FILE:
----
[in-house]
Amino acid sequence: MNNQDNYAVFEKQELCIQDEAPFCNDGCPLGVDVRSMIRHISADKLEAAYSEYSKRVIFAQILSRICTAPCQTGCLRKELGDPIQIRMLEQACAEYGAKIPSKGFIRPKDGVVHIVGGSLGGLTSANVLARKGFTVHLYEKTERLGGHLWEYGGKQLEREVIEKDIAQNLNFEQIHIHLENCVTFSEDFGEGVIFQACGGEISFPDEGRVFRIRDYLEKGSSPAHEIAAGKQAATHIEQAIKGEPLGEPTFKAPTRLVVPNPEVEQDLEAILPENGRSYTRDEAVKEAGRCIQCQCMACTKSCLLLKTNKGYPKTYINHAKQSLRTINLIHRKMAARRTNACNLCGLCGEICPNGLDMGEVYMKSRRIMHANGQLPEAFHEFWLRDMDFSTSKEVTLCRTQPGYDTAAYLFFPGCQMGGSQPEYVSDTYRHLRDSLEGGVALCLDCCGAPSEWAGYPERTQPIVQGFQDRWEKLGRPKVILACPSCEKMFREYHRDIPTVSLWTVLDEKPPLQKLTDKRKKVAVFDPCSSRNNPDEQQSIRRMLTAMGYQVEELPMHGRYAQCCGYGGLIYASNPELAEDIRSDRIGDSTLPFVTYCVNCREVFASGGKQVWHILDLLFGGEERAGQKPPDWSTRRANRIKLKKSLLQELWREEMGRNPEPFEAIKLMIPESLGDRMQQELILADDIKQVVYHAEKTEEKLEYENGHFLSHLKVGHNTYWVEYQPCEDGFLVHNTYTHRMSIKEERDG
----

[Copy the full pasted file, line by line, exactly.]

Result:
[in-house]
Amino acid sequence: MNNQDNYAVFEKQELCIQDEAPFCNDGCPLGVDVRSMIRHISADKLEAAYSEYSKRVIFAQILSRICTAPCQTGCLRKELGDPIQIRMLEQACAEYGAKIPSKGFIRPKDGVVHIVGGSLGGLTSANVLARKGFTVHLYEKTERLGGHLWEYGGKQLEREVIEKDIAQNLNFEQIHIHLENCVTFSEDFGEGVIFQACGGEISFPDEGRVFRIRDYLEKGSSPAHEIAAGKQAATHIEQAIKGEPLGEPTFKAPTRLVVPNPEVEQDLEAILPENGRSYTRDEAVKEAGRCIQCQCMACTKSCLLLKTNKGYPKTYINHAKQSLRTINLIHRKMAARRTNACNLCGLCGEICPNGLDMGEVYMKSRRIMHANGQLPEAFHEFWLRDMDFSTSKEVTLCRTQPGYDTAAYLFFPGCQMGGSQPEYVSDTYRHLRDSLEGGVALCLDCCGAPSEWAGYPERTQPIVQGFQDRWEKLGRPKVILACPSCEKMFREYHRDIPTVSLWTVLDEKPPLQKLTDKRKKVAVFDPCSSRNNPDEQQSIRRMLTAMGYQVEELPMHGRYAQCCGYGGLIYASNPELAEDIRSDRIGDSTLPFVTYCVNCREVFASGGKQVWHILDLLFGGEERAGQKPPDWSTRRANRIKLKKSLLQELWREEMGRNPEPFEAIKLMIPESLGDRMQQELILADDIKQVVYHAEKTEEKLEYENGHFLSHLKVGHNTYWVEYQPCEDGFLVHNTYTHRMSIKEERDG